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Print media / Editing/producing books

Book editing and production is a separate business from book writing, which has its own section of this Guide.

See the notes below about the importance of clarity in contracts.

The suggested rates

* Read me first!  Print media / Editing/producing books: advice

* See also: notes on negotiating rates for this work

* See also: reported rates, to compare: Print media / Editing/producing books

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Please note that the suggested rates below are minima; that rates for copyright works are for limited licences; and that VAT is not included.

RATES: Production and book editing
Editing/producing books

We cannot say it too often: be clear on what the contract covers. Additional days of work generated by others' changes of mind must, for example, be chargeable.

Specialist editing, such as classical languages or complex mathematics, per hour GBP 54.00
Project management, per hour GBP 37.00
Substantial editing and rewriting, per hour GBP 32.00
Copy-editing, per hour GBP 30.00
Design, per hour GBP 30.00
Full indexing, per hour GBP 30.00
Picture research, per hour GBP 30.00
Publicity, per hour GBP 30.00
Rights and contracts, per hour GBP 30.00
Index adapting and simple indexing, per hour GBP 26.00
Manuscript reading and reporting, per hour GBP 26.00
Proofreading, per hour GBP 25.50


  • Rates for extremely sensitive or demanding editing, such as that requiring specialist legal or scientific knowledge or rewriting very rough drafts, should be higher than the above.
  • Editorial freelances should be clear about the brief they are given, usually by commissioning editors. A brief is, indeed, a contract and should be treated as such. Freelances should always try to get it in writing.
  • Many freelance editors work from their own premises. Traditionally they have been paid using a rather open-ended hourly (or sometimes daily) rate. In this case, the freelance would usually invoice for the time worked without prior agreement on how long that will be, but at an agreed rate.
  • Editorial freelances are, however, often offered a flat fee for the job. This can lead to underpayment if the job proves more complex than the brief indicates. Editors should negotiate a break clause that specifies renegotiation of the fee at any point at which it becomes clear that the job is bigger than anticipated, and in any case a review about halfway through.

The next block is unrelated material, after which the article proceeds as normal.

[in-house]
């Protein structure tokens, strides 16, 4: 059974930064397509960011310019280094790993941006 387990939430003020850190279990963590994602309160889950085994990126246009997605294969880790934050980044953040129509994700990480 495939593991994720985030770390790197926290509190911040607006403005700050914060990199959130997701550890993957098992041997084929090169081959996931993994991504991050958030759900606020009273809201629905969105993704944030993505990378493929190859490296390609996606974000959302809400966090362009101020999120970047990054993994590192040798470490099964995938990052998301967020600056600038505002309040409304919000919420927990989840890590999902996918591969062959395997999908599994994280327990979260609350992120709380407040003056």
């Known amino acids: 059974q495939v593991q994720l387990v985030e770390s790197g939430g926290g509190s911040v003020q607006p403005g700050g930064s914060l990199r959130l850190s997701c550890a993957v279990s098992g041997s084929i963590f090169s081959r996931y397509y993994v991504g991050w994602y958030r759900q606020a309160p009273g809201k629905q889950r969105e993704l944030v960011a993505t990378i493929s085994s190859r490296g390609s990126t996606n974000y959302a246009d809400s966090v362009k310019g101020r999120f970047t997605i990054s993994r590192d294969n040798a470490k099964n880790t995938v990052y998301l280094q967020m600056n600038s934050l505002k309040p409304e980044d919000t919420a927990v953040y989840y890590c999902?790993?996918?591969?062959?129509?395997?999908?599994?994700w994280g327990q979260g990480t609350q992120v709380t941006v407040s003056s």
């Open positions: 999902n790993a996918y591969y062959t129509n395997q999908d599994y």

• It is in any case wise to agree that the freelance will warn the client if a job seems to be running over time. This can help prevent commissioning staff, who often have unreasonable expectations, from questioning freelances' invoices.
  • Commissioning editors themselves are seldom hired as freelances, and nor are development editors (or their equivalent, as titles vary from publisher to publisher). Freelances who do undertake such work should be sure to negotiate fees higher than that suggested for project management.
  • For rates for preparing original designs, see Design - books.
  • Use the contract checklist to be sure that all contingencies are covered. In addition, make sure the client has adequate insurance to protect the freelance while they hold any physical originals of pictures or artwork. If in doubt, the freelance should insist that these will remain with the client and agree working methods that will accommodate this. Freelances should not have to bear the prohibitive cost either of insurance or of replacement should there be any mishap.
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Text © Mike Holderness & previous contributors; Moral rights asserted. The collection (database right) © National Union of Journalists. Comments to please. You may find the glossary helpful.

The National Union of Journalists must not, can not and would not wish to dictate rates or terms of engagement to members or to editors. The information presented here is for guidance and as an aid to equitable negotiation only.

Suggestions apply to contracts governed by UK law only. In any event, nothing here should be construed as legal advice.